Skip to main content

How to Eliminate Fears Through Visual Reconditioning

Joy sets goals for continuous achievement, and loves connecting with others by helping them reach their own ideals and aspirations.

We are intended to live as creatures of hope and faith. Let us not succumb to the humiliations and stagnations of fear.

We are intended to live as creatures of hope and faith. Let us not succumb to the humiliations and stagnations of fear.

Deciding Fear Categories Wisely

What are the most immediate fears stopping you from delighting in life? What keeps you up at night? What would you change about yourself emotionally, if you had the power to choose and have it done?

You're not that far from being able to do just this, dear reader.

Let your most immediate, urgent fear be your starting point for the exercises and techniques given in this article. This does not necessarily mean your strongest fear. It means the fear that is most messing up your life now, or will be the most inhibiting in the coming month.

If you are unsure which fear is the most urgent, define it using the following suggestions.

Let the Past Pass

Let the Past Pass

Determining Your Fear Categories

What is the next event or holiday which you wish didn't exist?

What happens when you brainstorm categories and aspects of your life which disturb you?, i.e. Valentine's Day, water, poor health, your relationship with __________.

What pops up when you use the lists from the emotions exercises in Part 8 of this series, "Facing Your Emotions"?

What makes you feel manipulated by others, or even yourself? For example, when someone says, "Please" or "Thank you," what do you really hear? (For me, "please" makes me feel obligated, and "thank you" sounds like, "You were acceptable, but now your job is finished—go away.")

Consider using topics you've already come up with as you've explored yourself through the time spent learning the techniques in previous articles in this series.

Valentine's Day—Personal Experience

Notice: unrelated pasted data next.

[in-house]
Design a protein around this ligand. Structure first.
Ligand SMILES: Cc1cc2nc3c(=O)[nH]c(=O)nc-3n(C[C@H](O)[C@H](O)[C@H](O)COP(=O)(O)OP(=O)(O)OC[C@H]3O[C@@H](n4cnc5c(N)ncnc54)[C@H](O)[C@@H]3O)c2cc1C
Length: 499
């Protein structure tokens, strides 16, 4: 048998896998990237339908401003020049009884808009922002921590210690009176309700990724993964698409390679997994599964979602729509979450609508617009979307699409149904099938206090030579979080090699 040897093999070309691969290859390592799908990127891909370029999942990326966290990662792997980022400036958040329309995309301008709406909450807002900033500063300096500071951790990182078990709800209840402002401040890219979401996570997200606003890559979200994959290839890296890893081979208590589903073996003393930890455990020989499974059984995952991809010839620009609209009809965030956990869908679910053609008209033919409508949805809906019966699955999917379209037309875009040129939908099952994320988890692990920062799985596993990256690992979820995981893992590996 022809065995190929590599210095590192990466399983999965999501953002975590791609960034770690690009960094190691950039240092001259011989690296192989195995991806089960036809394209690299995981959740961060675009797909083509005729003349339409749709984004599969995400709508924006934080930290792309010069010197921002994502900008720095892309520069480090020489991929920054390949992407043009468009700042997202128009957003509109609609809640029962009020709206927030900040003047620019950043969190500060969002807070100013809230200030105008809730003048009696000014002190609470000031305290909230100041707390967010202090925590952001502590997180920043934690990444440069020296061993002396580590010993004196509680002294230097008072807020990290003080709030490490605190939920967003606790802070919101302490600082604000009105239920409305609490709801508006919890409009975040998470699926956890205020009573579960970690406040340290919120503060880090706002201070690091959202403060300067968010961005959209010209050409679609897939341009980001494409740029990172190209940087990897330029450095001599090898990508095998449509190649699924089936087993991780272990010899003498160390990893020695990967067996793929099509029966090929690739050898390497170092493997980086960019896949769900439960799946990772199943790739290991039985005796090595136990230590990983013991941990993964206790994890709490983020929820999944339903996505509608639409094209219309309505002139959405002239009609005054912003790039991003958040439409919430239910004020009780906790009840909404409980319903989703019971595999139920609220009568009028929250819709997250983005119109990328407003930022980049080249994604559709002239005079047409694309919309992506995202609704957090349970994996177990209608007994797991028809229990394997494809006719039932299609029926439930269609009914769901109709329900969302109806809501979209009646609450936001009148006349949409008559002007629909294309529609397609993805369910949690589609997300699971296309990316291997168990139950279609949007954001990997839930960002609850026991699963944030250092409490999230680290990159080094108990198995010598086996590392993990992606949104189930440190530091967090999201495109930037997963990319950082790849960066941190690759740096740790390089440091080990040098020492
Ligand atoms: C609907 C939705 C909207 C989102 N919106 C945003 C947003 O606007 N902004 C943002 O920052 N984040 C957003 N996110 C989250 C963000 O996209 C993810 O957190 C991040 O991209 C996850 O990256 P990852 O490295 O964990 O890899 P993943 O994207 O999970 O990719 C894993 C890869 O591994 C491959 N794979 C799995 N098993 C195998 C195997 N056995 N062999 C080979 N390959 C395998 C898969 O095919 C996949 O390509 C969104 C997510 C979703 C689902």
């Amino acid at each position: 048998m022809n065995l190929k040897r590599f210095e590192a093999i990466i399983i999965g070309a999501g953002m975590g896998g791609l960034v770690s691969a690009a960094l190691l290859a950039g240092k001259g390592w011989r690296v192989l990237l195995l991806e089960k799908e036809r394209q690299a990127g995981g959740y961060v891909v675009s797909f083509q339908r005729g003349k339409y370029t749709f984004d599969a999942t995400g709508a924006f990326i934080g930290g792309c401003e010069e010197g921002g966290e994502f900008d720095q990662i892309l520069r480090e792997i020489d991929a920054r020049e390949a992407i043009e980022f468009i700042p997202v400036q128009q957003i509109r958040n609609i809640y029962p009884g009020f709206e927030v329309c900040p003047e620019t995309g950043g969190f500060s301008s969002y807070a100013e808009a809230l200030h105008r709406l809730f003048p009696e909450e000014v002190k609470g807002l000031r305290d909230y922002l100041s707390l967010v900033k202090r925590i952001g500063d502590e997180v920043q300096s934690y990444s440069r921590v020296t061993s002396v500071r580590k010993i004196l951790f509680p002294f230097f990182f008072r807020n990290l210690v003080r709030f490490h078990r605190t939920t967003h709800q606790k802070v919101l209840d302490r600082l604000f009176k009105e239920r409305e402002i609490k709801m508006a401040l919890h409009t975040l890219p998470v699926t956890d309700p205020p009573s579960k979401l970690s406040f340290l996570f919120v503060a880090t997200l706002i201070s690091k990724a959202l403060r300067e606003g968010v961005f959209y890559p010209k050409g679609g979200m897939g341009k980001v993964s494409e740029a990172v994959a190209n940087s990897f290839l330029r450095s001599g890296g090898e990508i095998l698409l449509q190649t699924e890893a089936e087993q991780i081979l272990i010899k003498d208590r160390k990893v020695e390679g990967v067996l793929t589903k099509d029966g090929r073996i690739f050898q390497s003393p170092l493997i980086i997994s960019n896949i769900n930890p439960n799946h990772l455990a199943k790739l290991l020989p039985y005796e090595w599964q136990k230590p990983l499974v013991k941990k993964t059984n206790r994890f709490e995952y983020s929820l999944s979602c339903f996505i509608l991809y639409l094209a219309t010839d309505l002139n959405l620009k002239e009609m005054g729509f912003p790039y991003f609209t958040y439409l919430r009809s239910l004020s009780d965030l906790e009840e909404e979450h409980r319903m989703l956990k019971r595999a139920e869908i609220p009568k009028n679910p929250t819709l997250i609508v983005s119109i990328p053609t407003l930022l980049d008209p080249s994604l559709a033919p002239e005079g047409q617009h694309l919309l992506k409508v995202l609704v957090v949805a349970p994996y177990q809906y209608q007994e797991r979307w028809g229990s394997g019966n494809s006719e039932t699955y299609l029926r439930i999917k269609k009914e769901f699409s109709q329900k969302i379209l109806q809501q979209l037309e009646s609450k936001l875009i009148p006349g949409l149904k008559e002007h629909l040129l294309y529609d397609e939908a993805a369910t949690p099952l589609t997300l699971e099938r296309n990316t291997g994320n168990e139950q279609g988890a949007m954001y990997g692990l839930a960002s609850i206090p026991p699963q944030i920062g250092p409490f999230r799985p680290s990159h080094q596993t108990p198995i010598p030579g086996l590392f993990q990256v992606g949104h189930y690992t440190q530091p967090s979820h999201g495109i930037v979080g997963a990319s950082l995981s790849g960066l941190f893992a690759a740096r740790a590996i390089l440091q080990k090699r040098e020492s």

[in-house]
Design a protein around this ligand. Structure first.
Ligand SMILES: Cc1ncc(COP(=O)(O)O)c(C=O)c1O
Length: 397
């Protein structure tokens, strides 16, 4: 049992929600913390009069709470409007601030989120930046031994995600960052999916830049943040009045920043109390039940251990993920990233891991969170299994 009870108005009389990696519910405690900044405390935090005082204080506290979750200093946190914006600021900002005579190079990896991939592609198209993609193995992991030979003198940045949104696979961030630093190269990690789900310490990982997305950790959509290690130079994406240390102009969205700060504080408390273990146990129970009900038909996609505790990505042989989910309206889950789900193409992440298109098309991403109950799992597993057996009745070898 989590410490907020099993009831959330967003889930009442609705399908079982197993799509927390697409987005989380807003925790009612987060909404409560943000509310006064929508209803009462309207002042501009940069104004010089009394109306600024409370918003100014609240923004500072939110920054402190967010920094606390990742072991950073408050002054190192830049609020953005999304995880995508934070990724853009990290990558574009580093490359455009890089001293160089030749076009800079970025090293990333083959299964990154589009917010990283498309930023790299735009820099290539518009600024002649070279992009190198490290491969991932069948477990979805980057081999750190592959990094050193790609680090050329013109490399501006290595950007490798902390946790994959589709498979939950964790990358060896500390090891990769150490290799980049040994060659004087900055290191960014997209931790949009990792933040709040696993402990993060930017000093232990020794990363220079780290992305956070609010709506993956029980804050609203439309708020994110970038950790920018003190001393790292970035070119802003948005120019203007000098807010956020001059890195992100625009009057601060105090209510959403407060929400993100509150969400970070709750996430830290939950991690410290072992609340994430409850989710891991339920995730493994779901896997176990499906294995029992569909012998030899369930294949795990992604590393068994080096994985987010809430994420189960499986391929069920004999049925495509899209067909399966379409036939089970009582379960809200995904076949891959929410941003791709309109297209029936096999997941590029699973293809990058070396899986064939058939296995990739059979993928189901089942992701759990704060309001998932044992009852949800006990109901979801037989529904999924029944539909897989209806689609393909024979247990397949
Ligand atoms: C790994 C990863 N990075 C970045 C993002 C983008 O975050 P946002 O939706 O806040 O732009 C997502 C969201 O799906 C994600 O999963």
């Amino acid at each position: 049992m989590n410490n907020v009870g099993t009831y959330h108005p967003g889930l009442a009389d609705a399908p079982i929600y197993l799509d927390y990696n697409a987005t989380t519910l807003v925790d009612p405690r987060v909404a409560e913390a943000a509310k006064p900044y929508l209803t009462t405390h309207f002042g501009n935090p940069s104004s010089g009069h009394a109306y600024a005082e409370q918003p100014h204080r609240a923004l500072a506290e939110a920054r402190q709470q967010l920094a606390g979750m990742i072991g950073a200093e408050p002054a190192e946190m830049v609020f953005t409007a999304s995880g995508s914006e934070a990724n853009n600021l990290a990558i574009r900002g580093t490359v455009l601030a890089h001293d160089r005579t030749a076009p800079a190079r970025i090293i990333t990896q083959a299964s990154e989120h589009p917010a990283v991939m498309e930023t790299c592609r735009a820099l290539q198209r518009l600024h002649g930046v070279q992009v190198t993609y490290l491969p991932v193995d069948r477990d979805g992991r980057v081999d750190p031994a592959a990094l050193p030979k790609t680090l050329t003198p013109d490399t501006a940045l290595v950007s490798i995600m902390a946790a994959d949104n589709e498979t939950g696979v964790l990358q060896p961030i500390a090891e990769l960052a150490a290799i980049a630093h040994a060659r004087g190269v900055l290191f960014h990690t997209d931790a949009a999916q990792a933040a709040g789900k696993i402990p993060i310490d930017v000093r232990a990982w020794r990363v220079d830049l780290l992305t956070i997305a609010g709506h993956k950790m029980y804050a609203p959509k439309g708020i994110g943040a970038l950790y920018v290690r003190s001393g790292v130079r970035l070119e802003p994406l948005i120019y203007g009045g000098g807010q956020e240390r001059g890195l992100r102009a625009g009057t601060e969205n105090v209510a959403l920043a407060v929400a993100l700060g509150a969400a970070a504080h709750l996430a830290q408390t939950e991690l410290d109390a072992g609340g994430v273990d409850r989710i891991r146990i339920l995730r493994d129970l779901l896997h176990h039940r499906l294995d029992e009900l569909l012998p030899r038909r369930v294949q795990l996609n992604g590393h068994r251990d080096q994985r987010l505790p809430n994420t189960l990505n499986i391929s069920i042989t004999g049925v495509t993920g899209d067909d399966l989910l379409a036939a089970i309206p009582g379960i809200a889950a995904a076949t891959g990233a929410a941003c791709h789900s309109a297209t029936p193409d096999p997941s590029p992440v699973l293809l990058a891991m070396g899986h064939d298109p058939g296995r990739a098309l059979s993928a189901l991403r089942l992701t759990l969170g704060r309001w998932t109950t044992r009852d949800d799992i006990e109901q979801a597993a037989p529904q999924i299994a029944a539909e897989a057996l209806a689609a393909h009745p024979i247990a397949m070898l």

The first time I did this exercise effectively, Valentine's Day was looming in front of me, about a month away. I hated and dreaded Valentine's Day. As an adult, it had proven to be an encapsulation of stress, horror, flashbacks, and sexual and emotional trauma. I wanted to wipe it off the calendar, and out of my partner's memory. Since I couldn't get rid of either the day or my partner's expectations, I set out to change my viewpoint. I sought to make the days leading up to it times of wonder and creativity. I first asked myself the questions:

  1. In what ways did the reality differ from my ideal?
  2. What was my ideal?
  3. And in what small ways could I provide for myself a few pleasant experiences, in spite of traditions, routines, and my partner's expectations?
  4. What had I always wanted to do, and never done?

For me, making and decorating sugar cookies was the answer. This in itself was a huge undertaking.

Making cookies was a thing that always sounded fun, but quickly turned into a chore or a nightmarish experience full of regrets and brokenness. Not to mention a disaster of frosting smears, sprinkles, and piles of dirty dishes.

But I had been telling myself for the last several years that I would try a wet-on-wet decorating technique for some holiday, and I realized this had better be the one. For one thing, I envisioned my own regret a year or two down the road when my daughter was too old to want to make cookies together. This might well be my one chance to make good on a longstanding ideal as a mother. So be it. I needed at least one happy memory of making cookies as a mama.

Planning the Change

I browsed Pinterest and gathered a collection of ideas calculated to inspire and delight, while keeping the project as simple and direct as possible. Since my goal was to reformat my emotions about the holiday, almost two weeks before Valentine's Day, I mixed up a never-fail rolled cookie recipe. The dough sat in the refrigerator overnight. I lay awake after getting in bed, going over which cookie cutters I would use, and how many tints of frosting I would mix. I had long ago settled on a basic pattern, based on three colors of icing done in swirls and stripes.